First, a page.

Blueprint Columbus: Near South - Morrill / Ann Area

The City of Columbus has a complex sewer system made up of three types of sewers:

  • Combined Sewers - these carry both sewage and rain water to treatment plants, where both are treated then released into a river

  • Separate Sewers - these are separated sanitary (for sewage) and storm sewers

  • Storm Sewers - located on curbs or in drainage ditches, these sewers empty rain water (and anything carried with it) directly back into rivers.

Many cities, including Columbus, are experiencing issues with their combined and separated sanitary sewer systems, because they are often overloaded during heavy rain events. This causes combined sewers to overflow into rivers (see image below), which causes public health and ecological problems.

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Growth and Infrastructure in Columbus

Columbus, Ohio is well known for its college football team, the Ohio State Buckeyes, but also holds many other titles and accolades. Recently the SmartAsset report ranked Columbus as the 2nd best city for new college graduates due to its jobs, cost of living, entertainment and dining options. The report also noted that approximately 20% of people living in Columbus are in their 20s making it desirable for recent graduates and deemed it an “Indie Art City”. Among this praise, Forbes also named it the 11th best place (in the US) for businesses and careers. Other honors and awards the city has gotten over the year include the: Intelligent Community of the Year in 2015, US Department of Transportation Smart City Challenge winner, one of the best zoos in the US, the 2010 Library of the Year Award, Best Science Center, and many more.

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How Do Smart Cities Use Data and Technology?

How many apps do you have on your phone? How often do you check them? Would you ever think of using an app to improve public utilities? Smart Cities are!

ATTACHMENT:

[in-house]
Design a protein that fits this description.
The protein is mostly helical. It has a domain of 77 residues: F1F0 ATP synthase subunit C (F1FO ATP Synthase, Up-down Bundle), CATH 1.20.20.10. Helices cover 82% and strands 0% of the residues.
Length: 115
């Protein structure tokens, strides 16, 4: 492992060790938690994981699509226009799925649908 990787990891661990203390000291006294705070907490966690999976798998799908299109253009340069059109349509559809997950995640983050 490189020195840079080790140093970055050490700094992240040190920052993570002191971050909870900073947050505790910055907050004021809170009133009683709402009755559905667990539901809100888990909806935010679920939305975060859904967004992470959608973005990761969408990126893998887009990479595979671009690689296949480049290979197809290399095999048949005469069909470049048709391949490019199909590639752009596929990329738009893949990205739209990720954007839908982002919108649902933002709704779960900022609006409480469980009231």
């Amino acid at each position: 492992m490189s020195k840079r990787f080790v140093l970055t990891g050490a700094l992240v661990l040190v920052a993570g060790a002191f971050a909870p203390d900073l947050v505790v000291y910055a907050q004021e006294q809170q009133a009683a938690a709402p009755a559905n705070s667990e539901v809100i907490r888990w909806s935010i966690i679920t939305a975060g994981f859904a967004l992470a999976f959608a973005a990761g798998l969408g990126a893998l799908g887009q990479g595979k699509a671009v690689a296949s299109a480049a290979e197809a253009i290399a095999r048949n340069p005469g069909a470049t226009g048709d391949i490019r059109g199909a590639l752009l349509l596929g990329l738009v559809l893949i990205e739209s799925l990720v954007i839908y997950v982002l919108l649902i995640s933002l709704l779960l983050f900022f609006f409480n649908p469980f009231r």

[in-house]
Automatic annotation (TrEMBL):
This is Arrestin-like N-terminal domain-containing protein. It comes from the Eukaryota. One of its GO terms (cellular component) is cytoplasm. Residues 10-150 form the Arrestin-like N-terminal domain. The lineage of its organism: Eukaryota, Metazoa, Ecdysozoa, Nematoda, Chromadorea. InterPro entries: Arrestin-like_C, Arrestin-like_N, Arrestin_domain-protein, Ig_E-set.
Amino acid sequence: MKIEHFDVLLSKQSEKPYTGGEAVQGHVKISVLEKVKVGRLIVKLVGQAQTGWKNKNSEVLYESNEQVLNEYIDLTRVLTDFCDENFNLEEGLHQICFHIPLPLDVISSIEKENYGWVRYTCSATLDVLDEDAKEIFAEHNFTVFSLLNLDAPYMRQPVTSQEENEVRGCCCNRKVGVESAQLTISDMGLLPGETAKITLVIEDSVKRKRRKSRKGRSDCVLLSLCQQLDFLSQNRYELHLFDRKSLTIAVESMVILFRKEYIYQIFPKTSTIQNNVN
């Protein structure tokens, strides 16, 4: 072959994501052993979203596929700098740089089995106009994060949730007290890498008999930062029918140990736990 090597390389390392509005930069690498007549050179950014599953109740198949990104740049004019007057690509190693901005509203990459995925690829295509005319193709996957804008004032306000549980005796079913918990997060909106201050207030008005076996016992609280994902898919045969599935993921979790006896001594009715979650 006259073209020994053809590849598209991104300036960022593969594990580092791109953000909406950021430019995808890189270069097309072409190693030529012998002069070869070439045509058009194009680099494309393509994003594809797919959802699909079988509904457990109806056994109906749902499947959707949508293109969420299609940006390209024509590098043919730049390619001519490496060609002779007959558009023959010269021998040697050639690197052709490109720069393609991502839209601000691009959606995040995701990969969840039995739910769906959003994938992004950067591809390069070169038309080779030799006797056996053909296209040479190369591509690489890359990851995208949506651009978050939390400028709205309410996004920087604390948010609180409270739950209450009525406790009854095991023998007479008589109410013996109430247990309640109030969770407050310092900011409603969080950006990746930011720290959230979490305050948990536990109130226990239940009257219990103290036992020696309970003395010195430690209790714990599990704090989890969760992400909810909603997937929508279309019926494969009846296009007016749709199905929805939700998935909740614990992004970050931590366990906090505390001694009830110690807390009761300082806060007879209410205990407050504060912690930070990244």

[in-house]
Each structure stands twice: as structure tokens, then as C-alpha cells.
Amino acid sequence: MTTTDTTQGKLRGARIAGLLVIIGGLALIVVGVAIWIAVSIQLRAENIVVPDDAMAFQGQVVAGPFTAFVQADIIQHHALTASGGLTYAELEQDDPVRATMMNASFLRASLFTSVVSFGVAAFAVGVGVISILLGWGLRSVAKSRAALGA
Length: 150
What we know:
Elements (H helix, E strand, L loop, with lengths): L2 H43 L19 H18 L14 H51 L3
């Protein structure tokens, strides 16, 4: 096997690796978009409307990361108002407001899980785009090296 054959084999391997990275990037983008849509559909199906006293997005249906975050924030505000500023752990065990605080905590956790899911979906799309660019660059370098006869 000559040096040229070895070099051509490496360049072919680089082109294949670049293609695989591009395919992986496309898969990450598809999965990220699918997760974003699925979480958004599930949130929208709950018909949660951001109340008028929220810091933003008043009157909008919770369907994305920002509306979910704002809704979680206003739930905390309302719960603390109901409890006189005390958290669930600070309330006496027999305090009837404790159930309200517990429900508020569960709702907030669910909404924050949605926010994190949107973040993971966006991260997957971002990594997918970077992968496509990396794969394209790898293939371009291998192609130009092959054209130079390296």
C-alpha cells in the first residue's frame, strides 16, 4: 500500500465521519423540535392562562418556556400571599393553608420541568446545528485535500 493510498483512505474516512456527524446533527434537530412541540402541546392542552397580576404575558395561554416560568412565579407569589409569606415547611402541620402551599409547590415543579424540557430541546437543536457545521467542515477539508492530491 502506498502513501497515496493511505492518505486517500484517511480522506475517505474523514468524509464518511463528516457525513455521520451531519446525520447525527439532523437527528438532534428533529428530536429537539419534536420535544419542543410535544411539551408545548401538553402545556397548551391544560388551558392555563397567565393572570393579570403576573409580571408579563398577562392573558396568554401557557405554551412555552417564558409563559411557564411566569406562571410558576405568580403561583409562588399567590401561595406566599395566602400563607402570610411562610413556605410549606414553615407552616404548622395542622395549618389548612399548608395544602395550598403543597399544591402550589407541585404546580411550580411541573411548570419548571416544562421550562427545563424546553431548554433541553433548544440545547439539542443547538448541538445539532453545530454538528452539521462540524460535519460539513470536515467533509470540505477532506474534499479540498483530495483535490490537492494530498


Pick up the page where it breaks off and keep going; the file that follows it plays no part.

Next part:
In Amsterdam the app Mobypark lets you rent out your parking space, which generates data about parking demand and traffic flow. Additionally, this cuts down on the time that cars are idling while looking for a parking space, which takes an average of 20 minutes, so apps like these can help reduce CO2 emissions. With increased data collection and smart traffic monitoring, the city can also provide information about traffic and best routes to take – which reduces travel time for individuals and car emissions. Other functions of apps include Street Bump in Boston which alerts the city if you hit a pothole.

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What are Smart Cities?

Infrastructure, often intimately connected with civil engineering, provides the backbone and structure that serves various spaces, such as cities or countries. It provides roads and sidewalks for transportation, a water supply for people to drink, sewers to deal with waste, and much more. In the past, infrastructure design and construction has been reactive. It was a response to an event, like a natural disaster, or a local issue such as flooding or fires. Now we are looking for infrastructure to be proactive and work to solve multiple problems with dynamic solutions, like Smart Cities.

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